LJ Archive

Controlling Hardware with ioctls

Lisa Corsetti

Issue #117, January 2004

Once you learn the ioctl system call, you'll be able to check the status of the Ethernet link light and other miscellaneous but important facts about hardware.

A few years ago, I had a laptop that I used at work and at home. To simplify my network configuration and not have to change it manually depending on where I was, I decided to use DHCP in both places. It was the standard at work, so I implemented a DHCP server at home. This worked well except when I booted the system without it being plugged in to either network. When I did, the laptop spent a lot of time trying to find a DHCP server without success before continuing the rest of the startup process.

I concluded that an ideal solution to this lag time would be for the system to start with the Ethernet interface down and have it come up if, and only if, the cable was connected to a hub, that is, if I had a link light on the Ethernet interface. The best way to do this appeared to be having a shell script call a program whose return code would indicate whether a link had been established on a particular network interface. So began my quest for a method to determine this link status of my 10/100Base-T interface.

Not having done much low-level Linux programming, it took me a bit of time to discover that most of this type of interaction with device drivers usually is done through the ioctl library call (an abbreviation of I/O control), prototyped in sys/ioctl.h:

int ioctl(int, int, ...)

The first argument is a file descriptor. Because all devices in Linux are accessed like files, the file descriptor used usually is one that has been opened with the device to which you are interfacing as the target. In the case of Ethernet interfaces, however, the fd simply is an open socket. Apparently, no need exists to bind this socket to the interface in question.

The second argument in ioclt.h is an integer that represents an identification number of the specific request to ioctl. The requests inherently must vary from device to device. You can, for example, set the speed of a serial device but not a printer device. Of course, a specific set of commands exists for network interfaces.

Additional arguments are optional and could vary from the ioctl implementation on one device to the implementation on another. As far as I can tell, a third argument always is present, and I have yet to find more than a third. This third argument usually seems to be a pointer to a structure. This allows the passing of an arbitrary amount of data in both directions, the data being defined by the structure to which the pointer refers, simply by passing the pointer.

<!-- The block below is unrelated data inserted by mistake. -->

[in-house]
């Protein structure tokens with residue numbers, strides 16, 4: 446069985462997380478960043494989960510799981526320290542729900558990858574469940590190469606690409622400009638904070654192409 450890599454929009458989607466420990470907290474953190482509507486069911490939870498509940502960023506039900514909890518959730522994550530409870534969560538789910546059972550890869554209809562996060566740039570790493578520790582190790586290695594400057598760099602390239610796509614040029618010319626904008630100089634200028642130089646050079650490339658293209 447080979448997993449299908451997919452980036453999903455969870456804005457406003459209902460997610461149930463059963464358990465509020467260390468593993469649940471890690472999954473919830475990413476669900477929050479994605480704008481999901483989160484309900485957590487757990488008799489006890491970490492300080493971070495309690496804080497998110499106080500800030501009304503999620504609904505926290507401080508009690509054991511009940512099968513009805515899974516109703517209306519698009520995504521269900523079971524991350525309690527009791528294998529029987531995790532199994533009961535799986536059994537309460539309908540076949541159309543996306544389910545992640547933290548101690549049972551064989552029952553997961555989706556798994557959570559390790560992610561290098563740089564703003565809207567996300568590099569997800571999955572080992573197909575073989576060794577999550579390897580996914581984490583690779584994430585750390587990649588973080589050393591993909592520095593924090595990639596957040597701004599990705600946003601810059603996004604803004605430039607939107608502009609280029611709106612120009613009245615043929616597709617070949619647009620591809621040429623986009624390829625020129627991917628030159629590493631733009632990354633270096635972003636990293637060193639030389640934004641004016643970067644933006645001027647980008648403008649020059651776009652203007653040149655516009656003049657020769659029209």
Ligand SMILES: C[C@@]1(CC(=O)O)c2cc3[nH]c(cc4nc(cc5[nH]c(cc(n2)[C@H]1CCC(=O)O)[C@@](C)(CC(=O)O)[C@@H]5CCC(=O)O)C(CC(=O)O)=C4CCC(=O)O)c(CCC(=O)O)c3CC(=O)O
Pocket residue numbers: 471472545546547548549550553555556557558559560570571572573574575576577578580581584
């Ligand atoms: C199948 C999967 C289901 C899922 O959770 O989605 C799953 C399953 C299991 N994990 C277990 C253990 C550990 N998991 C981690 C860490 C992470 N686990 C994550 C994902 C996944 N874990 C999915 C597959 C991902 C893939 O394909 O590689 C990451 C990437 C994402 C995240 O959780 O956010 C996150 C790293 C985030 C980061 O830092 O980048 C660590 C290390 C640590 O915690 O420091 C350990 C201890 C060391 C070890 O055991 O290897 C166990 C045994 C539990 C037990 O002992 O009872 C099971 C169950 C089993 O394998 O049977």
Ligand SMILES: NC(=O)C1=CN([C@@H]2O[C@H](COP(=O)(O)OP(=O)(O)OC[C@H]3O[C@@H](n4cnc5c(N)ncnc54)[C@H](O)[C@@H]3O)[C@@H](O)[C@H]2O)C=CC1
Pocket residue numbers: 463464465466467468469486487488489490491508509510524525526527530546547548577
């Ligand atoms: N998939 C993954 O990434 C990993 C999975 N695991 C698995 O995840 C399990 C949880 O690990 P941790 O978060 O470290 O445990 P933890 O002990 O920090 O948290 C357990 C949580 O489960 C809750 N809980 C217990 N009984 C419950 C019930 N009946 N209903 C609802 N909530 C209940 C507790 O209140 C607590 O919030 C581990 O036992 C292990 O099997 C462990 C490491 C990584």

A basic example of how ioctl works is shown in the following simple program that checks the status of one signal on a serial port:

#include <termios.h>
#include <fcntl.h>
#include <errno.h>
#include <sys/ioctl.h>

  int fd, status;

   fd = open("/dev/ttyS0", O_RDONLY);
   if (ioctl(fd, TIOCMGET, &status) == -1)
      printf("TIOCMGET failed: %s\n",
   else {
      if (status & TIOCM_DTR)
         puts("TIOCM_DTR is not set");
         puts("TIOCM_DTR is set");

This program opens a tty (serial port) and then calls ioctl with the fd of the serial port, the command TIOCMGET (listed as get the status of modem bits) and a pointer to an integer into which the result is returned.

The ioctl result then is checked to see whether an error was made in processing the request. If there are no problems, we check the values returned by anding them with TIOCM_DTR. This step yields true or false, nonzero or zero, respectively.

Using ioctl for Ethernet drivers is a similar process. The third parameter to ioctl calls for socket ioctl calls (where the fd is a socket handle) often is a pointer to a ifreq (interface request) structure. The type deceleration for ifreq structures can be found in net/if.h.

Unfortunately, documentation for many of the ioctl interfaces is difficult to find, and there are at least three different APIs for accessing network interfaces. I originally wrote this program using the MII (media independent interface) method. While writing this article, with the most recent kernel installed on my machine, however, I discovered I had to add the ETHTOOL method.

After adding ETHTOOL, I then modified the program and wrote each interface method as a subroutine. The modified program tries one method, and if it fails, attempts the other. The third method predates the MII API, and I have not yet run into a machine on which I have needed it, so the code is not included.